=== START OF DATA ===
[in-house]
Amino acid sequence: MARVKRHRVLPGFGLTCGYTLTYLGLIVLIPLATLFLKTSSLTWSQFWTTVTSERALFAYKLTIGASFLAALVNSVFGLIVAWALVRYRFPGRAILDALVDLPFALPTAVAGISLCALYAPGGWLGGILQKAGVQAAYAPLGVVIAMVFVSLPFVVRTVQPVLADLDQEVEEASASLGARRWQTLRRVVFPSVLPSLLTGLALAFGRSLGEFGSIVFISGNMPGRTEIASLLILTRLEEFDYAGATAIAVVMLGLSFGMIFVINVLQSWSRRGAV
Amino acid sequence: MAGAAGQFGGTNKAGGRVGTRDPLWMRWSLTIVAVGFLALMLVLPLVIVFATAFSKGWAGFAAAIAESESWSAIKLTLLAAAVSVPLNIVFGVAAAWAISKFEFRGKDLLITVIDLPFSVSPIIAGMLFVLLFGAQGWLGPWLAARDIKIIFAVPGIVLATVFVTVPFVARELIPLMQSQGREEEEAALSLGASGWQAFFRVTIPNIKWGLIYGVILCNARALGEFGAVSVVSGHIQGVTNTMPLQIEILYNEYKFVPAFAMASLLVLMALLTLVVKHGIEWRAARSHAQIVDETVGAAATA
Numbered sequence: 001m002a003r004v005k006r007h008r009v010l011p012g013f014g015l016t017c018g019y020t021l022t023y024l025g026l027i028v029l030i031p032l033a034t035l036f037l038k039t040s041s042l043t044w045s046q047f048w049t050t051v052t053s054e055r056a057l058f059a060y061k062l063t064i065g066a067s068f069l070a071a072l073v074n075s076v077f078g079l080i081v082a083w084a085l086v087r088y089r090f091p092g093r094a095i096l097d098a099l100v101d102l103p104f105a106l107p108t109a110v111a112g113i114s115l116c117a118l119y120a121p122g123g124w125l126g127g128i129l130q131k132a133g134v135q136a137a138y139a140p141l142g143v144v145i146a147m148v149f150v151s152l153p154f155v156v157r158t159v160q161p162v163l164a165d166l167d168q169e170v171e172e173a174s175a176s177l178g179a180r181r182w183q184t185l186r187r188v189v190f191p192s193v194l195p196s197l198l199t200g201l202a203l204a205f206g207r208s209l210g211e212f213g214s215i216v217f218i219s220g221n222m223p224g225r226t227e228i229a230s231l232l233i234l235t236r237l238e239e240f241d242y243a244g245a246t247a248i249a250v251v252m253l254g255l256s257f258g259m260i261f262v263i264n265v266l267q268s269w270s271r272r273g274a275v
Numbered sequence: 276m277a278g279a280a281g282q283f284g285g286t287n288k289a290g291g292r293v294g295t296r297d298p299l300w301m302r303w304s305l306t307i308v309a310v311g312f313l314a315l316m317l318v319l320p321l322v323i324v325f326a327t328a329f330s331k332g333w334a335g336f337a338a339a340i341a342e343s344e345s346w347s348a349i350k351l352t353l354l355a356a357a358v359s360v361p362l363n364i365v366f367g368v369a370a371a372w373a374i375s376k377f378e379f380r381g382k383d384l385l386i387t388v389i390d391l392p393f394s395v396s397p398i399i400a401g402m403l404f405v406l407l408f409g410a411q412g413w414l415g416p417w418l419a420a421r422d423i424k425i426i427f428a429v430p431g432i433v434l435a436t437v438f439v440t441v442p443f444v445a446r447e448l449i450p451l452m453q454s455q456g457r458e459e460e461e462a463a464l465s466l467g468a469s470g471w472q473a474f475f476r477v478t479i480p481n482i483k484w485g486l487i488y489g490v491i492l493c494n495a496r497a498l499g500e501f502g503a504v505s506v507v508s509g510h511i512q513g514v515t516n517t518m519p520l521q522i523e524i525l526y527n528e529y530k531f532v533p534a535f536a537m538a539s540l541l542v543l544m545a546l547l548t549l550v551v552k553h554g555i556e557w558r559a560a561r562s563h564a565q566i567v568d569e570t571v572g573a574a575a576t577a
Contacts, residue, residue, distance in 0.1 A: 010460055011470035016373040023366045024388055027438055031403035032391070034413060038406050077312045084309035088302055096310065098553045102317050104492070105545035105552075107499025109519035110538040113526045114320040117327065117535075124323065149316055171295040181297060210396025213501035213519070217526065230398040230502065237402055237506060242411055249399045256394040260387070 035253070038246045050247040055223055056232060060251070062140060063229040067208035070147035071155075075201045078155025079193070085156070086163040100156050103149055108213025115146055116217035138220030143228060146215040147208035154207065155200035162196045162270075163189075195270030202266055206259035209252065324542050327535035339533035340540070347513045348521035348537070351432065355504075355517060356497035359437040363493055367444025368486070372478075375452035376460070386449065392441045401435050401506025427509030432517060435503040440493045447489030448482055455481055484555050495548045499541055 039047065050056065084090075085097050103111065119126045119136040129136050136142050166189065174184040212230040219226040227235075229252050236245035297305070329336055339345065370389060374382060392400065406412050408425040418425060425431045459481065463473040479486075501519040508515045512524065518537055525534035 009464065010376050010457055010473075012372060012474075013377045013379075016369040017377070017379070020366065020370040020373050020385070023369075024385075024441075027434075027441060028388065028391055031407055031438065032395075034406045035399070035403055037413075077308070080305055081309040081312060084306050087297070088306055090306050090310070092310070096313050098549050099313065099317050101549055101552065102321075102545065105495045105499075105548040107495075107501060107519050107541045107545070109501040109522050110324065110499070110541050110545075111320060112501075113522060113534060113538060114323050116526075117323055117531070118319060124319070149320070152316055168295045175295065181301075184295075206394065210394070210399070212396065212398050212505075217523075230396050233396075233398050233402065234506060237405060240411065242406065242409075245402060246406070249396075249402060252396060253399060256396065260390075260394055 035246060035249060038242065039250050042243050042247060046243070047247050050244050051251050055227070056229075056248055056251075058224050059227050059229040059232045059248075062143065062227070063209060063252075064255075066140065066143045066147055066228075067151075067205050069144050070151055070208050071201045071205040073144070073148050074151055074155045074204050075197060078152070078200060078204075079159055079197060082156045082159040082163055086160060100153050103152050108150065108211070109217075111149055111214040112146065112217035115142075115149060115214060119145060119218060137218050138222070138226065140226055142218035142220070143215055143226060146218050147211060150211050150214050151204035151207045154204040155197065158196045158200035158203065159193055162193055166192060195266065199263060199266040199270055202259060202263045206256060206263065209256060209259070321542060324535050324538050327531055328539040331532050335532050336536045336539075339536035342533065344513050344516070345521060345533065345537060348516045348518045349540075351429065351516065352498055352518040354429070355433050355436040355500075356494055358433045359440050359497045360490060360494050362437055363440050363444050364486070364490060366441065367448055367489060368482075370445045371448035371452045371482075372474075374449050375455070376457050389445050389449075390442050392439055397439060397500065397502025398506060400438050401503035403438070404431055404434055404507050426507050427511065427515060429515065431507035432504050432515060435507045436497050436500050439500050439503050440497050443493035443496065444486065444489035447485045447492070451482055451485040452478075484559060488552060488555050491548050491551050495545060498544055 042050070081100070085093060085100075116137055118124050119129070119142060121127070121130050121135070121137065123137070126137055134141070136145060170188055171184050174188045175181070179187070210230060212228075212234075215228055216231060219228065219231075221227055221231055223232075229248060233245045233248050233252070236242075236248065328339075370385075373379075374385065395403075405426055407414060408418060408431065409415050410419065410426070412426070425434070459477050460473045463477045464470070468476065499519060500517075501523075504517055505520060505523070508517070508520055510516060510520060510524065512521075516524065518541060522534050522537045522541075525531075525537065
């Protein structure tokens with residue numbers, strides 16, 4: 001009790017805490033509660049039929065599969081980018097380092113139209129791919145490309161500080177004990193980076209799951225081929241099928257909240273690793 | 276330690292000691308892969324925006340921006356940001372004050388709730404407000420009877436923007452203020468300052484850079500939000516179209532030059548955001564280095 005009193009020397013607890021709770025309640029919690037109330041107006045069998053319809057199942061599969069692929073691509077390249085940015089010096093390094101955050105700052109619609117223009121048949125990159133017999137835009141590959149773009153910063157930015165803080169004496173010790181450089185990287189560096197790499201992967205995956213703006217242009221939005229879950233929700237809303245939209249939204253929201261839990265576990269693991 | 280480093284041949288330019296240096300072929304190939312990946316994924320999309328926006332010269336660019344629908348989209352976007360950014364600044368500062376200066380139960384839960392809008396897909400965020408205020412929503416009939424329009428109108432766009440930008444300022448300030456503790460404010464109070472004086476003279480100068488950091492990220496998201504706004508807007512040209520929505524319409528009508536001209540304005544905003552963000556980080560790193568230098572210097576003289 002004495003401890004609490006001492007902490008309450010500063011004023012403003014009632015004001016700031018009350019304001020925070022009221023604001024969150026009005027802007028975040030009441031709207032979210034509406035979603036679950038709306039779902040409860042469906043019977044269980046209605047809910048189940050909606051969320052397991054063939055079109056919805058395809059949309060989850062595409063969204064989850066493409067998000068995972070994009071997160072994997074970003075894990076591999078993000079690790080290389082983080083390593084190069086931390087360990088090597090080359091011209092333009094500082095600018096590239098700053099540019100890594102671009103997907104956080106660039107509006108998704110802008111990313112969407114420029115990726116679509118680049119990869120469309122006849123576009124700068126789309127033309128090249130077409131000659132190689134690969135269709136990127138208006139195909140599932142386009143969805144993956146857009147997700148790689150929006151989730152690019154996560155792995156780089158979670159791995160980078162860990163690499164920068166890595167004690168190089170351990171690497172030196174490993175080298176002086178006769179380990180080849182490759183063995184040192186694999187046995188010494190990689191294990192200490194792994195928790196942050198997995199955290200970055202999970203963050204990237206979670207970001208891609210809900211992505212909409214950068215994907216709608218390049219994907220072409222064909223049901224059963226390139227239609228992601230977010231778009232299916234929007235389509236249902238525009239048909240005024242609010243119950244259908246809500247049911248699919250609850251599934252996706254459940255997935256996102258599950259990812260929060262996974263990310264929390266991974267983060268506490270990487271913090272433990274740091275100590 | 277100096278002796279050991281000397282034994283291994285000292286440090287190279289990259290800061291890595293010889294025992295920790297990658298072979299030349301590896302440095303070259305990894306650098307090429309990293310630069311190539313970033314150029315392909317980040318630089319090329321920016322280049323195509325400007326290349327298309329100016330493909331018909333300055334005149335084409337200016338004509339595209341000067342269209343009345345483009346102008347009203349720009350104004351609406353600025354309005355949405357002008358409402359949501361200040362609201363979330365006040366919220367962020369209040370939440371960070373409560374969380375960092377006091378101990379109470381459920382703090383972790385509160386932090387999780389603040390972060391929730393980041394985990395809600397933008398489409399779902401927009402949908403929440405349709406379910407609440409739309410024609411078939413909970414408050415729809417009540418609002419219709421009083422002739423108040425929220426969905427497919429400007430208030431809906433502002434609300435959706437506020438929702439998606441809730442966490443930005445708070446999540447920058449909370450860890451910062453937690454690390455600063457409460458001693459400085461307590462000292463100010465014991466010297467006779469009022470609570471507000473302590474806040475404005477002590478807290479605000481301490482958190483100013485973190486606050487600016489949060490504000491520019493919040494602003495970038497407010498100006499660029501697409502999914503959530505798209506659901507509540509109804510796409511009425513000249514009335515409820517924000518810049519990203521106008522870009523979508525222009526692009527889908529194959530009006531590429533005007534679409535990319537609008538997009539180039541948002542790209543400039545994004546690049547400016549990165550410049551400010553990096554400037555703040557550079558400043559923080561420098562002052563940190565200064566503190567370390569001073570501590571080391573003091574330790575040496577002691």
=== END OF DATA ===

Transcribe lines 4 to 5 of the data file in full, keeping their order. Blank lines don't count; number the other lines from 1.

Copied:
Numbered sequence: 001m002a003r004v005k006r007h008r009v010l011p012g013f014g015l016t017c018g019y020t021l022t023y024l025g026l027i028v029l030i031p032l033a034t035l036f037l038k039t040s041s042l043t044w045s046q047f048w049t050t051v052t053s054e055r056a057l058f059a060y061k062l063t064i065g066a067s068f069l070a071a072l073v074n075s076v077f078g079l080i081v082a083w084a085l086v087r088y089r090f091p092g093r094a095i096l097d098a099l100v101d102l103p104f105a106l107p108t109a110v111a112g113i114s115l116c117a118l119y120a121p122g123g124w125l126g127g128i129l130q131k132a133g134v135q136a137a138y139a140p141l142g143v144v145i146a147m148v149f150v151s152l153p154f155v156v157r158t159v160q161p162v163l164a165d166l167d168q169e170v171e172e173a174s175a176s177l178g179a180r181r182w183q184t185l186r187r188v189v190f191p192s193v194l195p196s197l198l199t200g201l202a203l204a205f206g207r208s209l210g211e212f213g214s215i216v217f218i219s220g221n222m223p224g225r226t227e228i229a230s231l232l233i234l235t236r237l238e239e240f241d242y243a244g245a246t247a248i249a250v251v252m253l254g255l256s257f258g259m260i261f262v263i264n265v266l267q268s269w270s271r272r273g274a275v
Numbered sequence: 276m277a278g279a280a281g282q283f284g285g286t287n288k289a290g291g292r293v294g295t296r297d298p299l300w301m302r303w304s305l306t307i308v309a310v311g312f313l314a315l316m317l318v319l320p321l322v323i324v325f326a327t328a329f330s331k332g333w334a335g336f337a338a339a340i341a342e343s344e345s346w347s348a349i350k351l352t353l354l355a356a357a358v359s360v361p362l363n364i365v366f367g368v369a370a371a372w373a374i375s376k377f378e379f380r381g382k383d384l385l386i387t388v389i390d391l392p393f394s395v396s397p398i399i400a401g402m403l404f405v406l407l408f409g410a411q412g413w414l415g416p417w418l419a420a421r422d423i424k425i426i427f428a429v430p431g432i433v434l435a436t437v438f439v440t441v442p443f444v445a446r447e448l449i450p451l452m453q454s455q456g457r458e459e460e461e462a463a464l465s466l467g468a469s470g471w472q473a474f475f476r477v478t479i480p481n482i483k484w485g486l487i488y489g490v491i492l493c494n495a496r497a498l499g500e501f502g503a504v505s506v507v508s509g510h511i512q513g514v515t516n517t518m519p520l521q522i523e524i525l526y527n528e529y530k531f532v533p534a535f536a537m538a539s540l541l542v543l544m545a546l547l548t549l550v551v552k553h554g555i556e557w558r559a560a561r562s563h564a565q566i567v568d569e570t571v572g573a574a575a576t577a